Using Insect Cells For Making Mammalian Proteins

Recombinant protein expression is a major part of biological research. In theory, once the genetic code of a protein is known from cDNA analysis or whole genome sequencing, any polypeptide of interest, existing in nature or perceived, can be artificially produced. Bacteria cells are commonly used to express a variety of proteins because they are more convenient and less costly than other systems. However, a significant percentage of proteins naturally expressed in mammalian cells are not soluble or cannot be easily produced in bacteria such as E. coli. Like bacteria, yeasts are also easy to culture and manipulate, however, although they are eukaryotes, they are not capable of adding “mammalian-like” post-translation modifications (PTM). Insect cells can be used effectively for producing large quantities of mammalian proteins rather easily through baculovirus such as Allele´s Sapphire system. PTM in insect cells is not exactly the same as in mammalian cells, e.g. different glycosylation patterns, but is a lot closer than yeasts. Mammalian cells are used for proteins that require appropriate PTM or are not soluble in other systems through either transient transfection or stable cell line establishment.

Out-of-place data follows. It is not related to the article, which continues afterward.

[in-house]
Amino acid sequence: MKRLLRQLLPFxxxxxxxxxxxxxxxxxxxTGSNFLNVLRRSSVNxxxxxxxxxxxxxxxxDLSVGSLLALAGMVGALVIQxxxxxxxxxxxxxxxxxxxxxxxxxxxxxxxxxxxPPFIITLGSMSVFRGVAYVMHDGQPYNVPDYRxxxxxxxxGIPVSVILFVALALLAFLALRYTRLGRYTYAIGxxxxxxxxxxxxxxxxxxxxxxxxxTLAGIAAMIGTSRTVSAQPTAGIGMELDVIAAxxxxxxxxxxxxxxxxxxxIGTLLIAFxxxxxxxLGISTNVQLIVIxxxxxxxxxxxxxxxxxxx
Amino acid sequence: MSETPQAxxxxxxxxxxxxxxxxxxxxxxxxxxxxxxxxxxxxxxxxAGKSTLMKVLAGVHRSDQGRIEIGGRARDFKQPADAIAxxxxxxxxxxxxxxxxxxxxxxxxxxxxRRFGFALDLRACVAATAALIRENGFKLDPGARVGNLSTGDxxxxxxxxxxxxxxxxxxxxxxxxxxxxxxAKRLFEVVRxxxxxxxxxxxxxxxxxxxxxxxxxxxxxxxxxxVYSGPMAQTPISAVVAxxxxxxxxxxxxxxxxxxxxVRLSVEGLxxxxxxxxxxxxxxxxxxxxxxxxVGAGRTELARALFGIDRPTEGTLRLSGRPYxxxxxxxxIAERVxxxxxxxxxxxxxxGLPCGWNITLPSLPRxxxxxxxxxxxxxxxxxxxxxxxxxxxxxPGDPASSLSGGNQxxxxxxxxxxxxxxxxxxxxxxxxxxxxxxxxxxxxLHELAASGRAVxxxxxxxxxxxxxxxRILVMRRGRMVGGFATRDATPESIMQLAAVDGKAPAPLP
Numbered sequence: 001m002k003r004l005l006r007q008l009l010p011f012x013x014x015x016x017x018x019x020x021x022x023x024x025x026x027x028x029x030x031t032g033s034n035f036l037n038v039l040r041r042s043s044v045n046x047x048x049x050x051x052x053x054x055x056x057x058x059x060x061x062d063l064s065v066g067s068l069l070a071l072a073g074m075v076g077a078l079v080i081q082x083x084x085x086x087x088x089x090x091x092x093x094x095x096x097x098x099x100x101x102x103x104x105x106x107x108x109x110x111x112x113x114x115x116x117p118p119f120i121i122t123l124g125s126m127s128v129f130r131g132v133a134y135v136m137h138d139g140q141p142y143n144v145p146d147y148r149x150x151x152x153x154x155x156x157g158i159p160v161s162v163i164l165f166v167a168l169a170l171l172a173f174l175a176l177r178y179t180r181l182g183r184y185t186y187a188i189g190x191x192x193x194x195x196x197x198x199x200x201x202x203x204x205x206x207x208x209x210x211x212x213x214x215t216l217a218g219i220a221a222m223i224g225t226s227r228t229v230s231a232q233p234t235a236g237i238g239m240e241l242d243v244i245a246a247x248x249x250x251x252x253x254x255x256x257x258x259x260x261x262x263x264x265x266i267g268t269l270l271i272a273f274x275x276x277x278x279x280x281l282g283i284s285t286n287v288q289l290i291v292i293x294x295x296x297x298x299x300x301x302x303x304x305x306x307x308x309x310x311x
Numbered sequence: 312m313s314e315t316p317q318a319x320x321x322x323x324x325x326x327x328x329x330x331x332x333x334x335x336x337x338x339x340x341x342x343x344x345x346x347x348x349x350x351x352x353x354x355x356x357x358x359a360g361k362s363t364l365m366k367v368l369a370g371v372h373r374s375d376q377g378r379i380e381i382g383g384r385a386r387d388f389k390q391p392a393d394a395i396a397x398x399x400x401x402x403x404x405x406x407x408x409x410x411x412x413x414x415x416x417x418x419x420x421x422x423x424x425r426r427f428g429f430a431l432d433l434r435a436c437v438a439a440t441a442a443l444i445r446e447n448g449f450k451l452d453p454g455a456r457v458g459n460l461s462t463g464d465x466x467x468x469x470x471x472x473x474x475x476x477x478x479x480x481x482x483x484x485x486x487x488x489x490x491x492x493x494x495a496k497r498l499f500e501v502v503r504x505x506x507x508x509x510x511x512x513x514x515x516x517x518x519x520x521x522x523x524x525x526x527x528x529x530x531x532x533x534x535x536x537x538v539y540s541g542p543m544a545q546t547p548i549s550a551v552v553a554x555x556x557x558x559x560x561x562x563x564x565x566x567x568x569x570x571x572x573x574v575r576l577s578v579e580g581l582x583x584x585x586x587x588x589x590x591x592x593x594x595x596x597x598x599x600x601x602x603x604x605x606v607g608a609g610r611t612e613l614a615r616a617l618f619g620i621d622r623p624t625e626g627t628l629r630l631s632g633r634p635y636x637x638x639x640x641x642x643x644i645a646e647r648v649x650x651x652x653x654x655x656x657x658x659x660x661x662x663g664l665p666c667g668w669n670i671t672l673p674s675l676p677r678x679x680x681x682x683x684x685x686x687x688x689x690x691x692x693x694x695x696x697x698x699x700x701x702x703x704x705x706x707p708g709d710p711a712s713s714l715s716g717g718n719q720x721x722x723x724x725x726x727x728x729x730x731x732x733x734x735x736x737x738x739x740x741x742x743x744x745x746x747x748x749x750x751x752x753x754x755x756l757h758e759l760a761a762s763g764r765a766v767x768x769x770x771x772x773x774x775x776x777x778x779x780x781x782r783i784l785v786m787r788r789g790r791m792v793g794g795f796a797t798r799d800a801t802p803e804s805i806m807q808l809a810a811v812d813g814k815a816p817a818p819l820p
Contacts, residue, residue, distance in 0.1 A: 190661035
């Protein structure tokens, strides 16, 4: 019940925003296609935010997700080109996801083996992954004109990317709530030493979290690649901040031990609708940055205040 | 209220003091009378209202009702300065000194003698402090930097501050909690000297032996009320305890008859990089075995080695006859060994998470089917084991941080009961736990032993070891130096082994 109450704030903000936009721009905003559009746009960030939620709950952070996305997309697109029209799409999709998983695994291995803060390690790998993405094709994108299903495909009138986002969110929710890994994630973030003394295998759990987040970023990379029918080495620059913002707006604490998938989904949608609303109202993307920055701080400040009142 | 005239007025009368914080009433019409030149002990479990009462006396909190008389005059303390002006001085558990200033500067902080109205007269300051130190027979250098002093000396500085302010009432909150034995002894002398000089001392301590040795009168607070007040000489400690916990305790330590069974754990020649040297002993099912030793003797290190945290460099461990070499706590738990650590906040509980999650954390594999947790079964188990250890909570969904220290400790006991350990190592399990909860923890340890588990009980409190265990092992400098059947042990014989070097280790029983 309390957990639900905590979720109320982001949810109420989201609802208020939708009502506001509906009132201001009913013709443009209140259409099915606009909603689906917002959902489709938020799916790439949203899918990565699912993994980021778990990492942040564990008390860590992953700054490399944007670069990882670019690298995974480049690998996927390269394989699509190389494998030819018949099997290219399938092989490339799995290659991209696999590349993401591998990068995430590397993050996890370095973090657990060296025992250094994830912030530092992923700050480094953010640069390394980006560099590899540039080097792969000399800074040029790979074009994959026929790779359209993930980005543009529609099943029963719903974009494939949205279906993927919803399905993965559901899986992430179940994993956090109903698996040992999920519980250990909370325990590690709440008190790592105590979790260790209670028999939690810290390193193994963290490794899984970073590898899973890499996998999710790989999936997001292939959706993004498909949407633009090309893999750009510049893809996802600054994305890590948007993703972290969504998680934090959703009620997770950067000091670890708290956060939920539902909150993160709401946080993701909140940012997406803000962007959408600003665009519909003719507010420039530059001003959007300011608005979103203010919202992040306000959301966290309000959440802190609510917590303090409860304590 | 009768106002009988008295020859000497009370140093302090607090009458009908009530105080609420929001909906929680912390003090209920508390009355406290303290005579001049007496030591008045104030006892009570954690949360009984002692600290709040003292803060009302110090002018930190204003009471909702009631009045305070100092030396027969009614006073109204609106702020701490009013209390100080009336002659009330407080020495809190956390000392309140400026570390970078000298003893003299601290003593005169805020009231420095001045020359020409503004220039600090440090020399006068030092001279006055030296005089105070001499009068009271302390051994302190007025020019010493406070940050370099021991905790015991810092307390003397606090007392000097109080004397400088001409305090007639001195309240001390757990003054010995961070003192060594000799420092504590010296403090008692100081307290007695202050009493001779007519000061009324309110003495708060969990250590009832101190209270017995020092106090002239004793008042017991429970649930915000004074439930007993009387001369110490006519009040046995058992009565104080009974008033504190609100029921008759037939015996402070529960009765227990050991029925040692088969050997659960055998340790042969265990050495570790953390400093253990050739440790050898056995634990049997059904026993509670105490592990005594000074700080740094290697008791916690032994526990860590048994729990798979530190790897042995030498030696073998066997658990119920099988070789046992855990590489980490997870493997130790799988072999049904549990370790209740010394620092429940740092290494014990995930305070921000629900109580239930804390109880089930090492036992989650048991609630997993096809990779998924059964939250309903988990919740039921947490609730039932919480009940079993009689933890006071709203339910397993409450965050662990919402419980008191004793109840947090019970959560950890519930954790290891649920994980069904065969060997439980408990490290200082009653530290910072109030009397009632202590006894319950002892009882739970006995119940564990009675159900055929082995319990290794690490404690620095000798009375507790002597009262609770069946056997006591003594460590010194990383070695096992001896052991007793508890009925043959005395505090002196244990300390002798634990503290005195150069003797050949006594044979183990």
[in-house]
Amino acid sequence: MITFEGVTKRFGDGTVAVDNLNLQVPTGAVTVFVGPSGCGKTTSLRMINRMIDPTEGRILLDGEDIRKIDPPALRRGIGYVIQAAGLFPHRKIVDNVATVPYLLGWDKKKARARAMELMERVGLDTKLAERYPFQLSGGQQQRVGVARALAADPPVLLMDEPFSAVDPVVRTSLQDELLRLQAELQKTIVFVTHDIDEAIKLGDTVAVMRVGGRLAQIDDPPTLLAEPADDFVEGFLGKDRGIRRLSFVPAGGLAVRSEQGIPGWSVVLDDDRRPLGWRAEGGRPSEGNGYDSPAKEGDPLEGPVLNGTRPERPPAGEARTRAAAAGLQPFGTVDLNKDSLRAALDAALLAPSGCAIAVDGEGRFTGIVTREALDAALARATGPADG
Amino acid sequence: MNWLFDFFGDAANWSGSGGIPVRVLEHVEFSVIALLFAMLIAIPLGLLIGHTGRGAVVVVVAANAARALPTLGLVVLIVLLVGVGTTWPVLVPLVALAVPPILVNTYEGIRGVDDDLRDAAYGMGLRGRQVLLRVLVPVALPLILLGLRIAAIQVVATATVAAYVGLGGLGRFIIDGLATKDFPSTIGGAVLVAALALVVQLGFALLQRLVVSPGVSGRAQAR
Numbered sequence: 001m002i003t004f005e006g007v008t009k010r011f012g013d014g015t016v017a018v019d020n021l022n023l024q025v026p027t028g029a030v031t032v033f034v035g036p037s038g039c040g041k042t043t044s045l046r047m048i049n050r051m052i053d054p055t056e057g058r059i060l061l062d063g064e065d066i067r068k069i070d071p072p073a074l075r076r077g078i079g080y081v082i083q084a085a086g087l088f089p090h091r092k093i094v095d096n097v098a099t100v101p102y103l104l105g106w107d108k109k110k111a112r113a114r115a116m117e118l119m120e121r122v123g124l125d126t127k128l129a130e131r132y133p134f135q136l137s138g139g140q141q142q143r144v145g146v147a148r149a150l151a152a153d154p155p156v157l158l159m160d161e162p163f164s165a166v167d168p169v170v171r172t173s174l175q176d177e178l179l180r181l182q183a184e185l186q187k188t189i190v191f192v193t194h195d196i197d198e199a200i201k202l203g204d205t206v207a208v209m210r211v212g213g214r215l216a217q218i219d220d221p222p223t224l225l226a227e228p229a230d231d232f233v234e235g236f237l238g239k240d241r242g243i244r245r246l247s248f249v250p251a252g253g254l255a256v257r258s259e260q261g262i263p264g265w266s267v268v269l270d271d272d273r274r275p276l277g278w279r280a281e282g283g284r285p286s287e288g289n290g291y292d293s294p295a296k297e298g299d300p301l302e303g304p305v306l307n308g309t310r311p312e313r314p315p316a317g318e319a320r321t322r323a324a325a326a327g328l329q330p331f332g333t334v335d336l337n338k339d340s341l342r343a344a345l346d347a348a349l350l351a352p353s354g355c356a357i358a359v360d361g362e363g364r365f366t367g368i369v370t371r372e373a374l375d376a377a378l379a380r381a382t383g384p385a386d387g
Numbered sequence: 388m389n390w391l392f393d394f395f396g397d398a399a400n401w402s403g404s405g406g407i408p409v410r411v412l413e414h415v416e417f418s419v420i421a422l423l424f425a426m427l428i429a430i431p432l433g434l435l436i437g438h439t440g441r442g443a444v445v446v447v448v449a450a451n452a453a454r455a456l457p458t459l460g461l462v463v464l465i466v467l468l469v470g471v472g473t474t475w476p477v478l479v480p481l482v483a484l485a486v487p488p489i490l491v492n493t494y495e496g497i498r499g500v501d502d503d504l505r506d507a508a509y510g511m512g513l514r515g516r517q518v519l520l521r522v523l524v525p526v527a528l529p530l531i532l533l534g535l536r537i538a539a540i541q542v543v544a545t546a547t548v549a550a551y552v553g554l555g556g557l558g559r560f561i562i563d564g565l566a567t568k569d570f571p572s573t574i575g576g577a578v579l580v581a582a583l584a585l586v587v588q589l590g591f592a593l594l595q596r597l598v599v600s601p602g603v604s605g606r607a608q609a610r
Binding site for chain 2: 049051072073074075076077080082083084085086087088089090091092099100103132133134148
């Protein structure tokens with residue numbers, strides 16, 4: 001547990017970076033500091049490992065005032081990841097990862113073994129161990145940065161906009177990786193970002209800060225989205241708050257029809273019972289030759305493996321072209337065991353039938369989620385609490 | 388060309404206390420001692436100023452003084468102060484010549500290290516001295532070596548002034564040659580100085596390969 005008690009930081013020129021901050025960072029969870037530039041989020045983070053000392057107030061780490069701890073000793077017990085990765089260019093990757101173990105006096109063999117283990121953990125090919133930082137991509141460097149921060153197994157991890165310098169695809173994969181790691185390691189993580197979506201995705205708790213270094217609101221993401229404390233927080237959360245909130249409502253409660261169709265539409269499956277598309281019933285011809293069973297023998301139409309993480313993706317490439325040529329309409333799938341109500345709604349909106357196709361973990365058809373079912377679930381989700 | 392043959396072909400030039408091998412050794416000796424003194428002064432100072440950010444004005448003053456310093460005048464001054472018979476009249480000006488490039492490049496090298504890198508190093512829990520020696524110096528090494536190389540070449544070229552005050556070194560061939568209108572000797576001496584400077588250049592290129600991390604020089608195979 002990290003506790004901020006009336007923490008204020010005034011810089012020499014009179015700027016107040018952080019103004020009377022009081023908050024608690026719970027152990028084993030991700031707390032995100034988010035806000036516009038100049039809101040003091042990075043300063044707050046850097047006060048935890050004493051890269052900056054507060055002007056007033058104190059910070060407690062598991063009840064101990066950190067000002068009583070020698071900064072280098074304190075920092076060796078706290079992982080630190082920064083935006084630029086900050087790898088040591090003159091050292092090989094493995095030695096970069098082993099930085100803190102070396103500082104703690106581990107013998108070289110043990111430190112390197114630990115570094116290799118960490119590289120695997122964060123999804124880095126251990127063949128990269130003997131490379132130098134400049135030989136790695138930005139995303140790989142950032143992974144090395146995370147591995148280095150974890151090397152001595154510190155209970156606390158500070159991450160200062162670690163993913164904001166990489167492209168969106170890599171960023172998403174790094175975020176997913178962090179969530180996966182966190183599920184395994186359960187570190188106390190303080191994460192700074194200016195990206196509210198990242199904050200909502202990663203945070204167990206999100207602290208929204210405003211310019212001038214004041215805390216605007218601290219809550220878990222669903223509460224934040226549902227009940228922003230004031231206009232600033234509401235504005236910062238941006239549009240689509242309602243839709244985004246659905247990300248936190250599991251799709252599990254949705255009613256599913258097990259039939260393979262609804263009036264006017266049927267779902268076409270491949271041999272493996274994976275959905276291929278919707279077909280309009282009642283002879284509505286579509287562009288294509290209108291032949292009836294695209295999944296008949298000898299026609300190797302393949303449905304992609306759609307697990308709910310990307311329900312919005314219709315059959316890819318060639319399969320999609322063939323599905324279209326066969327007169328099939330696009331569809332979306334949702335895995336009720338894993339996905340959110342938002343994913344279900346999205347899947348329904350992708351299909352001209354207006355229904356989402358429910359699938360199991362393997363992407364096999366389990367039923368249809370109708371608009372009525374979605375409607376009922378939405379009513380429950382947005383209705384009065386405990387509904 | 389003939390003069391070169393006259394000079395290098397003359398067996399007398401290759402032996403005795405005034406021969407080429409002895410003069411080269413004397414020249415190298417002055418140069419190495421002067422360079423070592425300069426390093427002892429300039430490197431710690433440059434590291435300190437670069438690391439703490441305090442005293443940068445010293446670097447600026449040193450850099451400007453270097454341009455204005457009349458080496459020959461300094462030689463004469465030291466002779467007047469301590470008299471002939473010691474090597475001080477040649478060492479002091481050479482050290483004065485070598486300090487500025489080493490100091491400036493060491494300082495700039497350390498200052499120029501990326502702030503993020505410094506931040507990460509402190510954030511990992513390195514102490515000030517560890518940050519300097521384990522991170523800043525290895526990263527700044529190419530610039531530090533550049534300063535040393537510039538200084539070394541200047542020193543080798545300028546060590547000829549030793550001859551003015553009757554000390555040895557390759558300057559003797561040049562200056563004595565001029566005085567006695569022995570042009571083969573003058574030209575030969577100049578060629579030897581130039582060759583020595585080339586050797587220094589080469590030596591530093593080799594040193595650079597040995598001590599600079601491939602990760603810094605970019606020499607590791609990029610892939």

For protein expression in insect cells, a number of factors need to be taken into consideration:

1) Genomic DNA for creating baculovirus stocks that will ensure a high percentage of recombinant virus (to avoid wild-type, non-producing virus)
2) Transfer plasmid for cloning the protein-encoding cDNA for easy cloning and appropriate co-expression of helper or marker proteins (such as through insect IRES)
3) Cell lines that have the highest expression levels of a particular protein, sometimes a number of cell lines need to be screened
4) Cell medium, because insect cell medium may contain high levels of ions that can interfere with affinity tag-based purification, one needs to find the most appropriate medium for protein expression
5) Secreted vs nonsecreted proteins. Insect cells need to have their own secretion signal (and translation signal, IRES, polyadinylation, etc.)

More reading…http://www.allelebiotech.com/protein-expression-in-insect-cells/

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Wednesday, February 29th, 2012 Viruses and cells

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